Our discussion forums are available to anyone to read, but you must be a member to reply or start new topics. Log-in or register to get started.

Chrissy Durrough

Hi Erika,
Thanks for this question! Someone with horizontal canal BPPV will present with horizontal nystagmus during the supine roll test that is either geotropic or ageotropic. The direction of nystagmus is determined by the location of the debris in the canal; ageotropic nystagmus is caused by debris that are closer to the ampulla. This page by Timothy Hain describes horizontal/lateral canal BPPV well: https://dizziness-and-balance.com/disorders/bppv/lcanalbppv.htm. This excerpt may answer your question: “In idiopathic cases with geotropic nystagmus the “bad” ear is assigned to the side with the stronger nystagmus. With ageotropic nystagmus, the bad ear is assigned to the side with the weaker nystagmus. The rationale for this pattern is that excitation is stronger than inhibition (i.e. Ewald’s second law). This mechanism was not supported by a recent study of positional alcohol nystagmus on persons who had only one remaining labyrinth (Tomanovic and Bergenius, 2013).”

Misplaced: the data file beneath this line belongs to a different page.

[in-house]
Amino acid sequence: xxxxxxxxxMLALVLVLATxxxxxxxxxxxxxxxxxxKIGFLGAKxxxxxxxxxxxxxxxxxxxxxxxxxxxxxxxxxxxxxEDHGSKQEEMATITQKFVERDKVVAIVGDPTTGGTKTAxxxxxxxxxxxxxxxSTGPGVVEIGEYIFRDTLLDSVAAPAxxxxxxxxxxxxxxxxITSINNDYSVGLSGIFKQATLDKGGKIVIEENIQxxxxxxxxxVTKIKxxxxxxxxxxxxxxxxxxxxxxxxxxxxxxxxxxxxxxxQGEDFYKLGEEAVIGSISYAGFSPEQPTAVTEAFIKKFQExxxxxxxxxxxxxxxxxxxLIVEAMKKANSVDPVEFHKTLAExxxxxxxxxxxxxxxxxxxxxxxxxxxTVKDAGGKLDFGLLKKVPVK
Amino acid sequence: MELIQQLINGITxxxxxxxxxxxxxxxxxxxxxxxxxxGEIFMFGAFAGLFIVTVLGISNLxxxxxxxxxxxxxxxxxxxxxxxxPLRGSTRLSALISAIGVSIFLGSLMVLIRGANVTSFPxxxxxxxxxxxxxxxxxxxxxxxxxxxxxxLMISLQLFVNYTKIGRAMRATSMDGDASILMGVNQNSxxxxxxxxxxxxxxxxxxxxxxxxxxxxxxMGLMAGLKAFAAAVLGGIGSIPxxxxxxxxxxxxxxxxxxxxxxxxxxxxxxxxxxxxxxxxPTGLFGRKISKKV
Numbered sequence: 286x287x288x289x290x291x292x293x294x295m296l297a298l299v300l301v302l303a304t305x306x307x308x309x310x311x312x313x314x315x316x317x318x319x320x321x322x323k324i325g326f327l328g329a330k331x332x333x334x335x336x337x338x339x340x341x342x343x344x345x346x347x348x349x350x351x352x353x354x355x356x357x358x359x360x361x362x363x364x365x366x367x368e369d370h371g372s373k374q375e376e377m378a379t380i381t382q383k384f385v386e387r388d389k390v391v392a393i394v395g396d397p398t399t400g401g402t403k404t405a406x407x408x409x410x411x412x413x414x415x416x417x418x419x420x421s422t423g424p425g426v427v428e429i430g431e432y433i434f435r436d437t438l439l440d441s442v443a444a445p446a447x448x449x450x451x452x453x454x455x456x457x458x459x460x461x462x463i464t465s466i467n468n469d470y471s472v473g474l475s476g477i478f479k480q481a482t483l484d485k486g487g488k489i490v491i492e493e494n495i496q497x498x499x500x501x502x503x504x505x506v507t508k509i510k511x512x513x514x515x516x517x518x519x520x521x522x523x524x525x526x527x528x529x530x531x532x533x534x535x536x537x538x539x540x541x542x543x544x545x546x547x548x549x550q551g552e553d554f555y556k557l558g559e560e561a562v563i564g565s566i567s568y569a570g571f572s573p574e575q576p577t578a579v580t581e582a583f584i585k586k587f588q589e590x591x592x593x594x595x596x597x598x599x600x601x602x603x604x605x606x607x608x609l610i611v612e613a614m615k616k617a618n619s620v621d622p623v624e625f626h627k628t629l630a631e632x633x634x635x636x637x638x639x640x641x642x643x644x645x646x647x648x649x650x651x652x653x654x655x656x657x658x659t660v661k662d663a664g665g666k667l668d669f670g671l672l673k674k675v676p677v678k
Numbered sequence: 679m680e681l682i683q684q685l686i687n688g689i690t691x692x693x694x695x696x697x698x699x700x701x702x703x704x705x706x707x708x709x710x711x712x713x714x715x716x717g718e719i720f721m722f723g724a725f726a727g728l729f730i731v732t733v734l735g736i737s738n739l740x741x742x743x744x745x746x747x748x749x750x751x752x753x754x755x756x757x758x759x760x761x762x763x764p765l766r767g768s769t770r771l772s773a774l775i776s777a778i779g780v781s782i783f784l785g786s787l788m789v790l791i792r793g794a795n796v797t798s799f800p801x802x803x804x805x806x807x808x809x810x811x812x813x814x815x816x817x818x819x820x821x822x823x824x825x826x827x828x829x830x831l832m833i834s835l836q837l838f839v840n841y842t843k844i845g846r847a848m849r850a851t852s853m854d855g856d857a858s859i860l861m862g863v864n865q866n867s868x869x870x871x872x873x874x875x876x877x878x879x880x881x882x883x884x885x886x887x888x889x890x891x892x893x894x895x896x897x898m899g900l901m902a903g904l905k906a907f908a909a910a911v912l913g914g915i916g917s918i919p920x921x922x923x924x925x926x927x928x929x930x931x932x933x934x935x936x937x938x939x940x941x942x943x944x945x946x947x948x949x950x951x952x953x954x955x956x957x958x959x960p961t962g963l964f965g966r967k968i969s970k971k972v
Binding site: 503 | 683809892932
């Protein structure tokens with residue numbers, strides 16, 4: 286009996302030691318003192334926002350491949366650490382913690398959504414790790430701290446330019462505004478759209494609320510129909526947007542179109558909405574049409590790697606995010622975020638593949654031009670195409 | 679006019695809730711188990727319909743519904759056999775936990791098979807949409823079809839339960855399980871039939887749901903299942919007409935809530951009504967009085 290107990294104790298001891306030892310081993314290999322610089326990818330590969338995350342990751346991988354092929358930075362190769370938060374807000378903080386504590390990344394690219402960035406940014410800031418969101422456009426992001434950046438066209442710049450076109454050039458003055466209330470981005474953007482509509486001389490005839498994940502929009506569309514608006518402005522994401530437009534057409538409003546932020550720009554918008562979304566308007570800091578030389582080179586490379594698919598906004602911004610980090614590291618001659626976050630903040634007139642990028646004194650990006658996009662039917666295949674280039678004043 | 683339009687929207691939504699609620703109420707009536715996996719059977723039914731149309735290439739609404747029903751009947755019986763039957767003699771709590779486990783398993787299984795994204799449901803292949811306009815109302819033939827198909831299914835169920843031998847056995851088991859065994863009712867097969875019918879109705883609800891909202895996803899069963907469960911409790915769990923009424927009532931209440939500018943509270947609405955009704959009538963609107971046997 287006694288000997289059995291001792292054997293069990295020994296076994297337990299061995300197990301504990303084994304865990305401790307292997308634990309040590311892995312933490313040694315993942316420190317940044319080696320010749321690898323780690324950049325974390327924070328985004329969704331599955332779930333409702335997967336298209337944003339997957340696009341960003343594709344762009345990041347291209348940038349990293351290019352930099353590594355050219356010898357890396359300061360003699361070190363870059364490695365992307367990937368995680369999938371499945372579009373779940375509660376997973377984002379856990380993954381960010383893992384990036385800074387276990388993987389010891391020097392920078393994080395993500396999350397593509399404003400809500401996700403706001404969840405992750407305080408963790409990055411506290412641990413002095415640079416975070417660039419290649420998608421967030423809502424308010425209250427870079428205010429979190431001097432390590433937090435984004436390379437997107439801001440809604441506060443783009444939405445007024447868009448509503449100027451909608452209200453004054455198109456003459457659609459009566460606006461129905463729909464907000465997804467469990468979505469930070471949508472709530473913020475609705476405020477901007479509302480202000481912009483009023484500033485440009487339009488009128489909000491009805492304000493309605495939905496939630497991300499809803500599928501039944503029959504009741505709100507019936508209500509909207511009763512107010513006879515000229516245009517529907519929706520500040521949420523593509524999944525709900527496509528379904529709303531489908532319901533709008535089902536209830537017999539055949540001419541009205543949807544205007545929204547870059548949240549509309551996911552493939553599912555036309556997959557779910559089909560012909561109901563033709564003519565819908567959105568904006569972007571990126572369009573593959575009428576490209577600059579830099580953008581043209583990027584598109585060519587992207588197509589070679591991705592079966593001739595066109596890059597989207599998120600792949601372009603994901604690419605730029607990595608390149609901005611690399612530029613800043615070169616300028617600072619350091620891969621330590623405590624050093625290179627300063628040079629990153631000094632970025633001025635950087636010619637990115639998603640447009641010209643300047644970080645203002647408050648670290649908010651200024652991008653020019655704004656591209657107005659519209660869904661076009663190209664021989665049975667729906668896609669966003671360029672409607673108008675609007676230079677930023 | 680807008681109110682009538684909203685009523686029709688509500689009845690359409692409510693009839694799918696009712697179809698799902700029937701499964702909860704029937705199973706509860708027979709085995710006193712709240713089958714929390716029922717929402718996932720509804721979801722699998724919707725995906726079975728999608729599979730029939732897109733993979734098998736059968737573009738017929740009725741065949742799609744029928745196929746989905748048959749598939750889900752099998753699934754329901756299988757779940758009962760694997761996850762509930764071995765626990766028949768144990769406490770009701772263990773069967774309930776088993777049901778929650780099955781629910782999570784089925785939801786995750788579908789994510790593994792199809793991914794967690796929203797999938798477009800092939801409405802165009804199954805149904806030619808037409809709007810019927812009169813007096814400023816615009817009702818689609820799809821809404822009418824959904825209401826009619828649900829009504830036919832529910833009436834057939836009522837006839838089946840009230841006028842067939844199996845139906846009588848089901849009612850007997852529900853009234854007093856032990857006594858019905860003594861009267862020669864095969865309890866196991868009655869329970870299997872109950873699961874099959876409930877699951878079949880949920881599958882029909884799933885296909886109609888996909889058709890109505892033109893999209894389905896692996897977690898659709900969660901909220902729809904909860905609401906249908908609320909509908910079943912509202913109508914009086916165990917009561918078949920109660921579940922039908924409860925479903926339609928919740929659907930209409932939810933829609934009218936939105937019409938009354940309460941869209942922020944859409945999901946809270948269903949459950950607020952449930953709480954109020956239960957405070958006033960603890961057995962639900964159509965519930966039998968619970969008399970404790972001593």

For example, say someone has right horizontal canalithiasis. If their nystagmus is:
– geotropic, they will be more symptomatic/have more nystagmus when their right ear is down.
– ageotropic they will be more symptomatic/have more nystagmus when their left ear is down. In other words, their least symptomatic side is affected.

Determining which side is affected is important, as this impacts the selection and direction of repositioning maneuvers.

Hope this helps!